Say I have two tables: runners and waypoint_checkins. I want to add waypoint checkin entries but I can never add a waypoint if the runner has finished the race, (see below for schema). Finally. A runner can never check into a waypoint if the waypoint is listed as closed.

table: runners
id | name | is_finished
15 | abe  | false

table: waypoints
id  | currently_open
1   | true
2   | true
3   | false
... | ...

table: waypoint_checkins
runner_id | waypoint_id | time
15        | 1           | 5:00
15        | 2           | 5:23
15        | 4           | 5:52

So on a checkin I'm given (runner_name, waypoint_id, time). First I need to find the runner and make sure they are still running:

SELECT id, is_finished FROM runners WHERE name = %name;

Then I need to check if the runner is at an open waypoint;

SELECT currently_open FROM waypoints WHERE id = %waypoint_id;

Finally I need to insert a new waypoint checkin:

INSERT INTO waypoint_checkins VALUES (%runner_id, %wp_id, %time);

But between query 1 and 3 the runner may have finished. How can I do the insert statement where I can guarantee that the earlier select is still valid?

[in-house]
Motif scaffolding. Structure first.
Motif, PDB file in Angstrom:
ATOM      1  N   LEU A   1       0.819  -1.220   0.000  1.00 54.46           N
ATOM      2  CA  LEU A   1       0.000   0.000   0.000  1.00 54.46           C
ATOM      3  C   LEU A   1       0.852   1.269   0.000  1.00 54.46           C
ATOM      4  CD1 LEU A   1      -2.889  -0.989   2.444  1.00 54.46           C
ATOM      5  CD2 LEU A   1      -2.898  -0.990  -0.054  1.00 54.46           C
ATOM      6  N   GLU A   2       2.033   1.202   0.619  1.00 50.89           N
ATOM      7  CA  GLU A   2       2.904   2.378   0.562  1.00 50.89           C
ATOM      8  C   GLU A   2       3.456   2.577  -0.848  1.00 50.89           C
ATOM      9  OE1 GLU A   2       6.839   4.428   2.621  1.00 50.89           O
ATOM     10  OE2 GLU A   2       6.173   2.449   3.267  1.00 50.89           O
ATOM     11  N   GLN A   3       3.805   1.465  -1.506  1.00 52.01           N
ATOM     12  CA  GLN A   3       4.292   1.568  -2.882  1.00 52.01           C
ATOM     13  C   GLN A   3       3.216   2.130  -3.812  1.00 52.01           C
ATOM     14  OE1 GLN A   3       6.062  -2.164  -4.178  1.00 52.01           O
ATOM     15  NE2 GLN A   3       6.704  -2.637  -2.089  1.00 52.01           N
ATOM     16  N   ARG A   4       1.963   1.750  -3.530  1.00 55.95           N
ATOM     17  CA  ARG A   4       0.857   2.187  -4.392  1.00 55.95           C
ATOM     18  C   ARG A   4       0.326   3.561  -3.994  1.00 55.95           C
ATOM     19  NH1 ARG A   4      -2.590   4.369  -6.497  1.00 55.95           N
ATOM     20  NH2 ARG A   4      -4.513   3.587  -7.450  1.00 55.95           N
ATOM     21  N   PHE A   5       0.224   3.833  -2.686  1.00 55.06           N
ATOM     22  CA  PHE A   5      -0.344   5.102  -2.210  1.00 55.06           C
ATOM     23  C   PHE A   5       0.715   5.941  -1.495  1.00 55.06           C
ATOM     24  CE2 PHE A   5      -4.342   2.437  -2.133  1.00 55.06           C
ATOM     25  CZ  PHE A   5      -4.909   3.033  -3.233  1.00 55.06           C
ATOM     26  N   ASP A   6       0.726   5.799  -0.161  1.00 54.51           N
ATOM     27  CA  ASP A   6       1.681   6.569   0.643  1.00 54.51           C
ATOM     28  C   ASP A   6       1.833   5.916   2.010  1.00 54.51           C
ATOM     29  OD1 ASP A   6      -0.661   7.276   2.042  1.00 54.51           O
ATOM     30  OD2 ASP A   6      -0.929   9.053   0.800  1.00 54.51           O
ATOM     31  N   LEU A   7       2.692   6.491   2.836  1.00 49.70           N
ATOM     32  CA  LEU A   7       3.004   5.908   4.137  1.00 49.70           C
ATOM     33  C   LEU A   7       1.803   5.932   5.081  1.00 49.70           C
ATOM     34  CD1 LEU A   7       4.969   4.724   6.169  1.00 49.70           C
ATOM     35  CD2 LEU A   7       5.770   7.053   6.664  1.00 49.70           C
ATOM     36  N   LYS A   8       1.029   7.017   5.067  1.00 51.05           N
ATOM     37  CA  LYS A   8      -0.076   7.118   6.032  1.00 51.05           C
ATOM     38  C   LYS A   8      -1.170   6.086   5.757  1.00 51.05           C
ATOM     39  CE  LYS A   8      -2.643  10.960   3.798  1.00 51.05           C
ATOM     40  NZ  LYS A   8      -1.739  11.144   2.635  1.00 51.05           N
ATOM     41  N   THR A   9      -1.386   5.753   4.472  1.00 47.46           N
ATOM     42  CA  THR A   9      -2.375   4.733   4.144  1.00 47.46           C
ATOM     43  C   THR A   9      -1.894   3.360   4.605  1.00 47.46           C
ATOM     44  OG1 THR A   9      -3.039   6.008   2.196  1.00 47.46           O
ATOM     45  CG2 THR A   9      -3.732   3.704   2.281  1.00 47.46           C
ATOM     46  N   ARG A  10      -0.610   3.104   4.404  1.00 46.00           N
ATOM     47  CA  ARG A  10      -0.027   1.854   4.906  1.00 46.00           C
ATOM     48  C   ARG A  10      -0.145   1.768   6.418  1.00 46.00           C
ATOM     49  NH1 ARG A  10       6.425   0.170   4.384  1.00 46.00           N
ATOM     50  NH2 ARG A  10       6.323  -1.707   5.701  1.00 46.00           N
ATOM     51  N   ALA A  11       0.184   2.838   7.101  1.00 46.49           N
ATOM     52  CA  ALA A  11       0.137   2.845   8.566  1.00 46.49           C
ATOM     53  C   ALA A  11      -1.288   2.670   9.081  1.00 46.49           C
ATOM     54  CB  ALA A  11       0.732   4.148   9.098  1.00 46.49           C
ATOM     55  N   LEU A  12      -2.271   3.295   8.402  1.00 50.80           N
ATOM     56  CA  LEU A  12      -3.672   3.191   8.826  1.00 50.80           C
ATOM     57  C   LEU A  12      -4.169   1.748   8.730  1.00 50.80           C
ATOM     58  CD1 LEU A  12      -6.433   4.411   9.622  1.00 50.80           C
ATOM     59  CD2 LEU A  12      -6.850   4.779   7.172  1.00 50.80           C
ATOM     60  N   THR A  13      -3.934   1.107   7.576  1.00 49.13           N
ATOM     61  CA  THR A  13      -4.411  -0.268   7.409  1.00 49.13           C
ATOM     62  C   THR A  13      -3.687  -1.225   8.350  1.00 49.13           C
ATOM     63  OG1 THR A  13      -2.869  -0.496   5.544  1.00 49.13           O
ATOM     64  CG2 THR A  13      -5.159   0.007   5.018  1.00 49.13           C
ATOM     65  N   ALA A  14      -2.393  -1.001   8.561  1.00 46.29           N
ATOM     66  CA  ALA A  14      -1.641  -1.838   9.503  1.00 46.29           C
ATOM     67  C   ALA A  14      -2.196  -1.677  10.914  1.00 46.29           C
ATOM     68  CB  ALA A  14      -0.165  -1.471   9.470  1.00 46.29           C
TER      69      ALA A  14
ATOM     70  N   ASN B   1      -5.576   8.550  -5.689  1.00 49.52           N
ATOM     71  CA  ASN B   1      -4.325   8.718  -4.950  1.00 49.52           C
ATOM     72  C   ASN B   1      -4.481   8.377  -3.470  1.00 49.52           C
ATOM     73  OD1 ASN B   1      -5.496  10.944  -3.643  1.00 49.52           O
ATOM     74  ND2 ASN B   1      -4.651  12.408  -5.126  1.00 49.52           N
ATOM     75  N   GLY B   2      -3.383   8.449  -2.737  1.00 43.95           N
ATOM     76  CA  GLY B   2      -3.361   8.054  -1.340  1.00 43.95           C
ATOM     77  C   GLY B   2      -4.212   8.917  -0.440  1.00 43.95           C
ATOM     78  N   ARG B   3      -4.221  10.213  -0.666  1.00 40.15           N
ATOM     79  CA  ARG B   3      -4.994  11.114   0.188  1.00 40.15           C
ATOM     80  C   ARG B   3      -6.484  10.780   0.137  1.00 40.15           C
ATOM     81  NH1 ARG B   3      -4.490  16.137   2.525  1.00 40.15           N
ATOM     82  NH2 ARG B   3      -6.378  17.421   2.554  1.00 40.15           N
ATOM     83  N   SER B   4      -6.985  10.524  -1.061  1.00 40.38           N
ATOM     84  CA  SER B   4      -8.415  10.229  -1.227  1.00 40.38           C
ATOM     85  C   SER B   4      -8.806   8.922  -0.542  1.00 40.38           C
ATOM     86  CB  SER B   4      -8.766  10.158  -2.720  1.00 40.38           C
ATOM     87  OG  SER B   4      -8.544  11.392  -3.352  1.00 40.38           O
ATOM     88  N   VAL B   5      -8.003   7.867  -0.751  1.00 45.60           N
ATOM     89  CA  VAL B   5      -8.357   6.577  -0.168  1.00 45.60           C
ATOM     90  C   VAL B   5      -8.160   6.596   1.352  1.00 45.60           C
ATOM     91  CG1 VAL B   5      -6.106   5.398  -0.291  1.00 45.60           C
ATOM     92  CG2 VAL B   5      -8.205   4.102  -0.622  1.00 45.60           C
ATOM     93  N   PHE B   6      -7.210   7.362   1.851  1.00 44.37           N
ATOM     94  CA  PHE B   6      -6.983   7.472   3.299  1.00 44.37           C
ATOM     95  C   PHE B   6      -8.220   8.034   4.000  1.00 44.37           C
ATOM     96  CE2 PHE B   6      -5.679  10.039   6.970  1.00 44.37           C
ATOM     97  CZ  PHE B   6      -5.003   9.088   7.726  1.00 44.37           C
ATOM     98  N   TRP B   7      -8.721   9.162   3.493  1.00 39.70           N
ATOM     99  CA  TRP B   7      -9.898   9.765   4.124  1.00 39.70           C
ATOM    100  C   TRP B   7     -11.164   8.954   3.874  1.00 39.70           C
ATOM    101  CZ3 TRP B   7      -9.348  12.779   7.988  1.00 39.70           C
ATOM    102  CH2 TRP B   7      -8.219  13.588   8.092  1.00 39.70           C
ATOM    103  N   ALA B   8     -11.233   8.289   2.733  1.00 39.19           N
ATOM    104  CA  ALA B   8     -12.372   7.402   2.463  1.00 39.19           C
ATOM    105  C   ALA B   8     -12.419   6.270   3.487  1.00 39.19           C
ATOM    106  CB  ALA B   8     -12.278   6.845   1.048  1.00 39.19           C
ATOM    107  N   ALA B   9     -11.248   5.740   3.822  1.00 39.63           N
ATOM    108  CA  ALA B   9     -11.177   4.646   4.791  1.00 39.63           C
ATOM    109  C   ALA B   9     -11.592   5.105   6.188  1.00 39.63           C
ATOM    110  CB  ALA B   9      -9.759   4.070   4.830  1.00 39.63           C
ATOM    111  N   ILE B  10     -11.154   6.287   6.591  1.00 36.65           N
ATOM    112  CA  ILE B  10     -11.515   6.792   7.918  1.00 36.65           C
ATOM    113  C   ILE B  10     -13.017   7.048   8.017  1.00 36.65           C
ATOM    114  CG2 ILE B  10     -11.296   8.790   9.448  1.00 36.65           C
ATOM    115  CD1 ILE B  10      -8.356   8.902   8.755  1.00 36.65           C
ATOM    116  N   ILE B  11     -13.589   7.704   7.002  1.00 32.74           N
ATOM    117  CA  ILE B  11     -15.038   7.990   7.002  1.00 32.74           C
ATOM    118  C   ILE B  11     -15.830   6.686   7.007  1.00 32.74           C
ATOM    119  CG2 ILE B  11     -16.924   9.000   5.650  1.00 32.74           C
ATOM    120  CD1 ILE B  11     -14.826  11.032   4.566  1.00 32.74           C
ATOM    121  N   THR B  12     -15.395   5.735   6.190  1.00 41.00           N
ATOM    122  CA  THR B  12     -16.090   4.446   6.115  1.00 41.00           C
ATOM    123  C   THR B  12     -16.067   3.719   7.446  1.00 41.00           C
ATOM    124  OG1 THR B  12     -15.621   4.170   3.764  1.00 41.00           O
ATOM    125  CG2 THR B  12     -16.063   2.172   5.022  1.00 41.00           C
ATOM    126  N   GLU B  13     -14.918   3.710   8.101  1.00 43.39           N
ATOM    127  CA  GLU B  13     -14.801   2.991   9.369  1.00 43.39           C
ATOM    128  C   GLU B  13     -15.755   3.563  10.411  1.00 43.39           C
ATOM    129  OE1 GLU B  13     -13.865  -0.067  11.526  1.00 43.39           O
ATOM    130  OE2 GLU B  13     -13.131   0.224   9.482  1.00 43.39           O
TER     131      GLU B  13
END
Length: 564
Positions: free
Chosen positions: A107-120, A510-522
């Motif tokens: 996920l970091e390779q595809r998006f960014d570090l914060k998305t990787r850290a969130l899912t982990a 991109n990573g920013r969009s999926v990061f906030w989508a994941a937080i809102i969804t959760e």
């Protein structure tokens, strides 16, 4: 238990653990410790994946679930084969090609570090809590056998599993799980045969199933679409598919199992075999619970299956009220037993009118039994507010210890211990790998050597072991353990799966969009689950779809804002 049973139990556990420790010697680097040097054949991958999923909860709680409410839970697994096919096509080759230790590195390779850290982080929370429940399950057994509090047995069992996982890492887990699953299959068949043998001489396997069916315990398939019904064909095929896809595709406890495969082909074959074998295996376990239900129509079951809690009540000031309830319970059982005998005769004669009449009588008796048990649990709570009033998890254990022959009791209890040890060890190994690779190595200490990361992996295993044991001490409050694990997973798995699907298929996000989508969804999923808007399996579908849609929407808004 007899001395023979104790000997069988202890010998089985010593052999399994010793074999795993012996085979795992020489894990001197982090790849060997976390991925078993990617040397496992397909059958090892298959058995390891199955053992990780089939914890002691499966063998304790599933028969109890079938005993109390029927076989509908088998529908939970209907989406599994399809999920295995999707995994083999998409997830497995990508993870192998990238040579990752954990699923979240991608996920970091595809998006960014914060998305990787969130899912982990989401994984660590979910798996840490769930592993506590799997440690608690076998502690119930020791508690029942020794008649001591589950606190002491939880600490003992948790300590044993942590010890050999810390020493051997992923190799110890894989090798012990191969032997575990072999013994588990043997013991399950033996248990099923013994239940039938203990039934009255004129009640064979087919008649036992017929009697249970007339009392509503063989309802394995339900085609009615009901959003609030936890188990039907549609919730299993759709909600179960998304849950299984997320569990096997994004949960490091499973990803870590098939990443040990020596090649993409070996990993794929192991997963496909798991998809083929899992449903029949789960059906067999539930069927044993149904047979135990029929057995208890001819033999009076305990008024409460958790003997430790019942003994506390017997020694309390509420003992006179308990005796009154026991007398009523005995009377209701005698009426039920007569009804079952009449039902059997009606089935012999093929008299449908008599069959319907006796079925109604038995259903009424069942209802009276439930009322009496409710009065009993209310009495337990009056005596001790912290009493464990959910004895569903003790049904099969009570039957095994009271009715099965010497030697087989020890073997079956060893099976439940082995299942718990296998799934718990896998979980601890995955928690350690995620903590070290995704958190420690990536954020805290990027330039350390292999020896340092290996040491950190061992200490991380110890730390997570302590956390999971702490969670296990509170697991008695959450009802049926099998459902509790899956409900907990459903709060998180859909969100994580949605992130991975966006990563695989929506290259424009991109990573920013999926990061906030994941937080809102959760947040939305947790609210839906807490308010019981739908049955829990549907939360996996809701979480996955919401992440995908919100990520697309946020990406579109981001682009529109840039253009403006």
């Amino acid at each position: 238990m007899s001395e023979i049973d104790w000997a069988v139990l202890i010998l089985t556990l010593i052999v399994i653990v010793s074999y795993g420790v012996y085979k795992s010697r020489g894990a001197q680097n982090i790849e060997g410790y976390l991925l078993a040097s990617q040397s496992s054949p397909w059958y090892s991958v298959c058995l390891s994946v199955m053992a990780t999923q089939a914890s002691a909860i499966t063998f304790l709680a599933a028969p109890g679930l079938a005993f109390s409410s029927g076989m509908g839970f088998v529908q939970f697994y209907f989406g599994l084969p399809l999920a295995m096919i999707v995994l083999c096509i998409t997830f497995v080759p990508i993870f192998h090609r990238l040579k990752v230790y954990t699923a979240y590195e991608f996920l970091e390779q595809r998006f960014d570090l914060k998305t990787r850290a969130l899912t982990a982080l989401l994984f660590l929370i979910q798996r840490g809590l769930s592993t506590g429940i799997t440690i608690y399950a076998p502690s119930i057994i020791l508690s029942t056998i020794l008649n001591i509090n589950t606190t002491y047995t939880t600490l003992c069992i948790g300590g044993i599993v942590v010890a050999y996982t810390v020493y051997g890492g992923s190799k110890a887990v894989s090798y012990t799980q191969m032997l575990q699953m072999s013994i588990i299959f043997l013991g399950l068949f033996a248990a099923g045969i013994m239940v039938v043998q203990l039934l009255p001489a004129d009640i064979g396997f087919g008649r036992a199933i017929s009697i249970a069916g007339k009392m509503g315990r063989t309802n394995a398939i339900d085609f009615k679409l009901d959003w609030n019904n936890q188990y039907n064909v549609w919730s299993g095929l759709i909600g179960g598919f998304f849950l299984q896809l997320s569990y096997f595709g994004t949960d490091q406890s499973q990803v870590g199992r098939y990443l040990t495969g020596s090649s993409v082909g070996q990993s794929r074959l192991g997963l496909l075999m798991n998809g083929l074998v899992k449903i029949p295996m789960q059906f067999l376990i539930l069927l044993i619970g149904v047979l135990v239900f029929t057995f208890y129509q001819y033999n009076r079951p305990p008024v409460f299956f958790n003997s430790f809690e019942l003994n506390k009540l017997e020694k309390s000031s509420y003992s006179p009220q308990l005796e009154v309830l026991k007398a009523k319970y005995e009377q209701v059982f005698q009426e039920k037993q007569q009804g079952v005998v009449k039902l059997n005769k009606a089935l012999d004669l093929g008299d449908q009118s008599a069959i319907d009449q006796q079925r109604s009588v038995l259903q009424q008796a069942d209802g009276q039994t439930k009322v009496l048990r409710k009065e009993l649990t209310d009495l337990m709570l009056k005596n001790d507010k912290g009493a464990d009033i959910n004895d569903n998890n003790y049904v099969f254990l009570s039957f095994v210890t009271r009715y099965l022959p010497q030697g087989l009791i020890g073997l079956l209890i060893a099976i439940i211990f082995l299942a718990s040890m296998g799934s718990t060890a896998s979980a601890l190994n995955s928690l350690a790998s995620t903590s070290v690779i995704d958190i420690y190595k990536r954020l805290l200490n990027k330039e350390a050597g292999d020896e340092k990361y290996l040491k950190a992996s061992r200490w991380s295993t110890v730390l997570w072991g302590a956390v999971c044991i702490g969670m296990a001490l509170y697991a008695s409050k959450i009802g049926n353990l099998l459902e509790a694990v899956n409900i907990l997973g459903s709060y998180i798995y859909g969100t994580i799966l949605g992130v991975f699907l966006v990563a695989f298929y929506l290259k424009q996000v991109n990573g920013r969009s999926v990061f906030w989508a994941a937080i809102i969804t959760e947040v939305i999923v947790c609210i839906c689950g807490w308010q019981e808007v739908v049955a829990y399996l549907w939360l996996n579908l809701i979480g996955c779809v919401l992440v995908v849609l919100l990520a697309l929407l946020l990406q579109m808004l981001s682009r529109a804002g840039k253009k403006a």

• Make a trigger in runners table, when change the is_finished column become true, then make the INSERT. – oNare Jul 5 '15 at 13:41

Instead of issuing those checks as separate SELECT statements, make them part of the INSERT statement. You will need to replace the INSERT...VALUES syntax with the INSERT...SELECT one to be able to use a WHERE clause:

  waypoint_checkins (runner_id, waypoint_id, time)
  name = %runner_name
  AND is_finished = 'false'
    WHERE id = %waypoint_id
      AND currently_open = 'true'

You can see that the first check is directly integrated into the INSERT statement, because the argument applied to runners is a name and you need to get an ID from it as one of the values to be inserted. The second check is in the form of an EXISTS predicate.

All three initial arguments (runner_name, waypoint_id, and time) are thus parameters of this single statement.

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